Coverage A. bodily injury
Coverage B. property damage to which this insurance applies, caused by an occurrence, and the [insurer] shall have the right and duty to defend any suits against the insured seeking damages .' " Id. at 907.

The insurer claimed that because no "suit" had been filed, it had no duty to defend or indemnify the insured. Id. at 908. Although it recognized that the issue presented by the case pertained to the insurer's duty to indemnify, the First District proceeded to discuss the duty to defend, which was absent because no "suit" had been filed. Id. at 908-09. Then, the First District concluded that the insurer also had no duty to indemnify the insured. Id. at 909-10. In support of this conclusion, the First District cited to Crum & Forster Managers Corp. v. Resolution Trust Corp., 156 Ill.2d 384 (1993), for a general proposition that " 'where there is no duty to defend, there will be no duty to indemnify.' " Carus, 293 Ill.App.3d at 909 (citing Crum, 156 Ill.2d at 398).[1]

¶ 25 We determine upon our review of the Carus and Crum decisions that neither justifies a dismissal with prejudice of Cherrytree's counterclaims. First, our examination of Crum shows that Carus's reliance on that decision was misplaced. In Crum, the insurers filed a declaratory judgment action claiming that they had no duty to defend or indemnify the insureds in an underlying action that had been filed against the insureds. Crum, 156 Ill.2d at 387. The supreme court held that the insurers had no duty to defend the insureds in the underlying suit because the facts alleged in the underlying suit's complaint "do not fall potentially within the coverage afforded by the policies." Id. at 395. The supreme court also held that the insurers had no duty to indemnify the insureds for any liability that might arise from the underlying suit. Id. at 398. However, it is important to note the context in which the supreme court's holding on the duty to indemnify arose:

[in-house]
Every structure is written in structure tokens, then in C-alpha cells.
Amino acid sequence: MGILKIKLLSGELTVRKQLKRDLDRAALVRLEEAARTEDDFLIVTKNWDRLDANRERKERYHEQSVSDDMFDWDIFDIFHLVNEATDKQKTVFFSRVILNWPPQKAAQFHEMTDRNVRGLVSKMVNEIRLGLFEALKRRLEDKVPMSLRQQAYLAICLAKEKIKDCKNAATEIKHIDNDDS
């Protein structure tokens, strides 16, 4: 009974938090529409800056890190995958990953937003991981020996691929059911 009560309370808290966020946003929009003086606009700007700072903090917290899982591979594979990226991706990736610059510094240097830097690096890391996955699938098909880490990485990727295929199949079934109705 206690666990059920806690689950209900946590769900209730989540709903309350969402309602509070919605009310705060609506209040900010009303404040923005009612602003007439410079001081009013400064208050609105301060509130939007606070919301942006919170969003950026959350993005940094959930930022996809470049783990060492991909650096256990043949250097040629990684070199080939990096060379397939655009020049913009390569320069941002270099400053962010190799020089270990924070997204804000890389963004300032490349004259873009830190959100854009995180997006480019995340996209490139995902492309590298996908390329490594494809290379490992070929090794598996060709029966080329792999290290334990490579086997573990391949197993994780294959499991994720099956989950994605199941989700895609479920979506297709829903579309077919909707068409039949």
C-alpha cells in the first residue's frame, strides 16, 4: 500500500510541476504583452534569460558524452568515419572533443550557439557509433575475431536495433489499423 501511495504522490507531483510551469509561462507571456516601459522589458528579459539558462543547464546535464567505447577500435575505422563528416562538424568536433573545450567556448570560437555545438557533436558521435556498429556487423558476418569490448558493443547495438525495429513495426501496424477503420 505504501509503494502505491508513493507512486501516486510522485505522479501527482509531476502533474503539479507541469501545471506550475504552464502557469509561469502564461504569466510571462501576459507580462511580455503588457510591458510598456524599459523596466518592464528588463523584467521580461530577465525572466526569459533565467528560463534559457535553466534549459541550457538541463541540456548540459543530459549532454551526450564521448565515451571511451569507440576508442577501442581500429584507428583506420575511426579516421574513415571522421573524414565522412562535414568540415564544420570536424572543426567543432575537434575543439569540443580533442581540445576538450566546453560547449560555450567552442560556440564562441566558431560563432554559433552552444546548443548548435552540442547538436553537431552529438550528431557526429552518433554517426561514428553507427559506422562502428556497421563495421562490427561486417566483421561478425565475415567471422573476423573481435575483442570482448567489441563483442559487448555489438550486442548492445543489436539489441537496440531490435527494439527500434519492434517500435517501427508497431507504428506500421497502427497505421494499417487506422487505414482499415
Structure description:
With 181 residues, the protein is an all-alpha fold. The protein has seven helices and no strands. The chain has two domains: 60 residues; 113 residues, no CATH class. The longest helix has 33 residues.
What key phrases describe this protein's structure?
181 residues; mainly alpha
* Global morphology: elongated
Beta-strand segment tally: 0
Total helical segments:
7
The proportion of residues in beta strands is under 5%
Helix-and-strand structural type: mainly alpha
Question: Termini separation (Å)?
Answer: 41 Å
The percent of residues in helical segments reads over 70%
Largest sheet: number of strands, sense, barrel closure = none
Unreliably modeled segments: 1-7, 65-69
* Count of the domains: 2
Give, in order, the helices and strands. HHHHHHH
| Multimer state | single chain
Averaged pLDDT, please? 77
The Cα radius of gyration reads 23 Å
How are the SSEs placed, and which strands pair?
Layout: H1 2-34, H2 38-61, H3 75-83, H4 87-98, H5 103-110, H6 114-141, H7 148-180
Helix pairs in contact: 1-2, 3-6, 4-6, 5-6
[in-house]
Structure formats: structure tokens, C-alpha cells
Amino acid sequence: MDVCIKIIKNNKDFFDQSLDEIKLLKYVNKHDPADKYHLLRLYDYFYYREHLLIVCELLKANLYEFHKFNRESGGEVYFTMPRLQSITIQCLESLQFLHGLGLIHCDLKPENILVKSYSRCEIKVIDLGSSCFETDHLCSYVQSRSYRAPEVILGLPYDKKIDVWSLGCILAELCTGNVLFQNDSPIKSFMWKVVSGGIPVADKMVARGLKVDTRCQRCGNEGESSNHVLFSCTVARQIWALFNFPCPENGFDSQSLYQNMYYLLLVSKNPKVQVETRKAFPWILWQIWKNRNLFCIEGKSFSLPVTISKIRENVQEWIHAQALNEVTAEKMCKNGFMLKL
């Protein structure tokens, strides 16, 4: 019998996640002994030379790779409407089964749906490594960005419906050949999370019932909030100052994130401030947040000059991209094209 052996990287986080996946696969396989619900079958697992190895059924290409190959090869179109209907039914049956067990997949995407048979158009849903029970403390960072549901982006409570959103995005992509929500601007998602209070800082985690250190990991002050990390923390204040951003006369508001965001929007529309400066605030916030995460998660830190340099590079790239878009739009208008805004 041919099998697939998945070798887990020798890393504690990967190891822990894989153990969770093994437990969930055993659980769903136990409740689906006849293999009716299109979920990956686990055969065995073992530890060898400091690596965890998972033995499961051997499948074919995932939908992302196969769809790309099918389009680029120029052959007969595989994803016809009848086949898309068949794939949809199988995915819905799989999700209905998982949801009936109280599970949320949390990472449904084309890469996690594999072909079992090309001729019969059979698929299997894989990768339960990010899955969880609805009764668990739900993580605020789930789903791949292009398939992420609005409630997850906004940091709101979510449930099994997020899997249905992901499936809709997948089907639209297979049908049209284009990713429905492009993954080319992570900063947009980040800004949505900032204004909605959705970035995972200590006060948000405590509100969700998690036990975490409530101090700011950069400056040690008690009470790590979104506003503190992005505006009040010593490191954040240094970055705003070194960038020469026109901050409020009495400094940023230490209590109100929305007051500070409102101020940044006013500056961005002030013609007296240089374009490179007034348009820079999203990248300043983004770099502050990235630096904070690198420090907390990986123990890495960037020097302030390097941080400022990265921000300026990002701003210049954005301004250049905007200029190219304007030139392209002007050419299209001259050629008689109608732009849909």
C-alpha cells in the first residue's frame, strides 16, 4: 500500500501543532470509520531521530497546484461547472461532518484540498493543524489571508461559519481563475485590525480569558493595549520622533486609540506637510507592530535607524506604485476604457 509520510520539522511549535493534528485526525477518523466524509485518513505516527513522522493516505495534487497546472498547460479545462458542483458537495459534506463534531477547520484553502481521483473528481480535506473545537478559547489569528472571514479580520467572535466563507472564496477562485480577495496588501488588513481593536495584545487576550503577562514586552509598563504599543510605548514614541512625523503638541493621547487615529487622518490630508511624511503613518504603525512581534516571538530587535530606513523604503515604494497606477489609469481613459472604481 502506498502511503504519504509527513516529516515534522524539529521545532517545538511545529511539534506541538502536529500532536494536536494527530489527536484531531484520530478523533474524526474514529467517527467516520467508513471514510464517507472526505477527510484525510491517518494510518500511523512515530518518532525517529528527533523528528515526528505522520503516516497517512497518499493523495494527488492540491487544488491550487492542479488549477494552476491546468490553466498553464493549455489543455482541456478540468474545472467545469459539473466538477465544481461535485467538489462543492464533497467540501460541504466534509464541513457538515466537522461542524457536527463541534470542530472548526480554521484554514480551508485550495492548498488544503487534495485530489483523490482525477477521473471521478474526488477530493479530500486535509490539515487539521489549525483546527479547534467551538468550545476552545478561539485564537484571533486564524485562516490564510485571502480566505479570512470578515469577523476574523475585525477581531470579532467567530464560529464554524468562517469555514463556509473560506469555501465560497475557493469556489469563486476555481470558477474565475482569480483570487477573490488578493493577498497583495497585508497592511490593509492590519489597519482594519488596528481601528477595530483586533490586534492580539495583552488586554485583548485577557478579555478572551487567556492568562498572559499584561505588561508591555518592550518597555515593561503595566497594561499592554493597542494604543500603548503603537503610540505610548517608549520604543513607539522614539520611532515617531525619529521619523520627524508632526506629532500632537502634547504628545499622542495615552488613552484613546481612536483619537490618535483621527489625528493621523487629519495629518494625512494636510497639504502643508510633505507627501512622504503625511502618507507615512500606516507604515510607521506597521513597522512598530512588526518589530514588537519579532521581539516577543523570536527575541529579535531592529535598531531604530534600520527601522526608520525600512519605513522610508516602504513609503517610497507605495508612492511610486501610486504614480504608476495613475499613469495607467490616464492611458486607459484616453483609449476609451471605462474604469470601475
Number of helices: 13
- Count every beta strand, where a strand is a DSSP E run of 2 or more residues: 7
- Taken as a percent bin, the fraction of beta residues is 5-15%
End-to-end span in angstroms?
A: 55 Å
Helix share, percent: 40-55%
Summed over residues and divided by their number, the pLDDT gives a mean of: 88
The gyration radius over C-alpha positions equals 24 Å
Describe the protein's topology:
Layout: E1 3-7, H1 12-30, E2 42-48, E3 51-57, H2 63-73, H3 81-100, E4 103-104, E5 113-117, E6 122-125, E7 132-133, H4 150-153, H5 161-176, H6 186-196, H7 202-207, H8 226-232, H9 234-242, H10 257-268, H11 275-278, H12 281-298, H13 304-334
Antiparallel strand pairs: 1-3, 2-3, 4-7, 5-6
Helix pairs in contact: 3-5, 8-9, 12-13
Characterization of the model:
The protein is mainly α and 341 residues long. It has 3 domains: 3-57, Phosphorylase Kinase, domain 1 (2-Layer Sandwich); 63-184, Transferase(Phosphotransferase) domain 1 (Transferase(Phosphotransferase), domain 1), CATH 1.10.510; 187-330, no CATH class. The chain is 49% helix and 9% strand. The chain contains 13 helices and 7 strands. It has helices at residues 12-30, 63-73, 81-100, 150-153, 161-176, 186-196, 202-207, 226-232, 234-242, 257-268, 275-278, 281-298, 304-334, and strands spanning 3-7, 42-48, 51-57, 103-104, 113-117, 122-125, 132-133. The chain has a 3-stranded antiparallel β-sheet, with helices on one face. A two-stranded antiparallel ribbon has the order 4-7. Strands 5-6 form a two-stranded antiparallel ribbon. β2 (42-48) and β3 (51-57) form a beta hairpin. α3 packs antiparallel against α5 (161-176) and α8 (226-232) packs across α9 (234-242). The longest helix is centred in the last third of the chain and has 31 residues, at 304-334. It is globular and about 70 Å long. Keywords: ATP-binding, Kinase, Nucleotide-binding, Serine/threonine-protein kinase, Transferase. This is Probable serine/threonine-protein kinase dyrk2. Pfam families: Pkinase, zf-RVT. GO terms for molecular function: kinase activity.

"In cases such as the instant case where no duty to defend exists and the facts alleged do not even fall potentially within the insurance coverage, such facts alleged could obviously never actually fall within the scope of coverage. Under no scenario could a duty to indemnify arise. Clearly, where there is no duty to defend, there will be no duty to indemnify and we find that the plaintiff-insurers have no duty to defend or indemnify the insureds in this case." (Emphases in original.) Id.